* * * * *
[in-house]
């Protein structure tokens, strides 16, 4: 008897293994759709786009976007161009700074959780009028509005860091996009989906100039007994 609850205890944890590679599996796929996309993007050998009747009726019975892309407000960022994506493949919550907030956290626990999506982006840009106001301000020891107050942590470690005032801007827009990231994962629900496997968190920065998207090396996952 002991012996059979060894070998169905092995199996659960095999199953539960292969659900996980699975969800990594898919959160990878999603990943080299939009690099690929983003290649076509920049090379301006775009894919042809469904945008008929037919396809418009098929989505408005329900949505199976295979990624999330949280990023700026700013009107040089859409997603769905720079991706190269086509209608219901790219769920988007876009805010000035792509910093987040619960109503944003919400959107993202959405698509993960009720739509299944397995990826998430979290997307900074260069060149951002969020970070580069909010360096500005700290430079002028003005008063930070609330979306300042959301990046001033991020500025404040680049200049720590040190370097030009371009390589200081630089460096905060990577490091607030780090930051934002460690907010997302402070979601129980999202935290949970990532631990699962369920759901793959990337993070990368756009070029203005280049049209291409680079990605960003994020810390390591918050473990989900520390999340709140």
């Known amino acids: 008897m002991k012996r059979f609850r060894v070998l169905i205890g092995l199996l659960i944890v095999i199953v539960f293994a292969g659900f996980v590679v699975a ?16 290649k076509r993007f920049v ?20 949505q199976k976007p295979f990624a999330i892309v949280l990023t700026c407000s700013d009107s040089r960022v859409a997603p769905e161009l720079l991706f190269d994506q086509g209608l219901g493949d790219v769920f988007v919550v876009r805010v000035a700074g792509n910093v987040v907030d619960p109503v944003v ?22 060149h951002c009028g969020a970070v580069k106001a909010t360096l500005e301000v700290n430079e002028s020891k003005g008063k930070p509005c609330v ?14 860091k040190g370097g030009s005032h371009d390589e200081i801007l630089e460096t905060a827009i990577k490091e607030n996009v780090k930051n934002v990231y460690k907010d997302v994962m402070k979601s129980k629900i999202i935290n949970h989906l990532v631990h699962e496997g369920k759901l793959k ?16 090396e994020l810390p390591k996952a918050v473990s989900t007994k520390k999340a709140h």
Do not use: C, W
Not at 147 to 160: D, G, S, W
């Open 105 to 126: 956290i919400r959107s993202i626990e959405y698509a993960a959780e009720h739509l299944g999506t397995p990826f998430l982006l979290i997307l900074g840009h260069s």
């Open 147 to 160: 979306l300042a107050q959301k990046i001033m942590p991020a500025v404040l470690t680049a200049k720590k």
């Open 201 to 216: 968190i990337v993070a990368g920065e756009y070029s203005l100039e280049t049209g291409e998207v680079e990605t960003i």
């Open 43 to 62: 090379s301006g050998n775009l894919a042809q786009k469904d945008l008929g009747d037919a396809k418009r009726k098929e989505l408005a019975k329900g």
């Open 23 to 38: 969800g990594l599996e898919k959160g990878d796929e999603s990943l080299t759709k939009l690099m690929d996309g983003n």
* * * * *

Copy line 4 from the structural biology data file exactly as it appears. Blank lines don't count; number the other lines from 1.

Do not use: C, W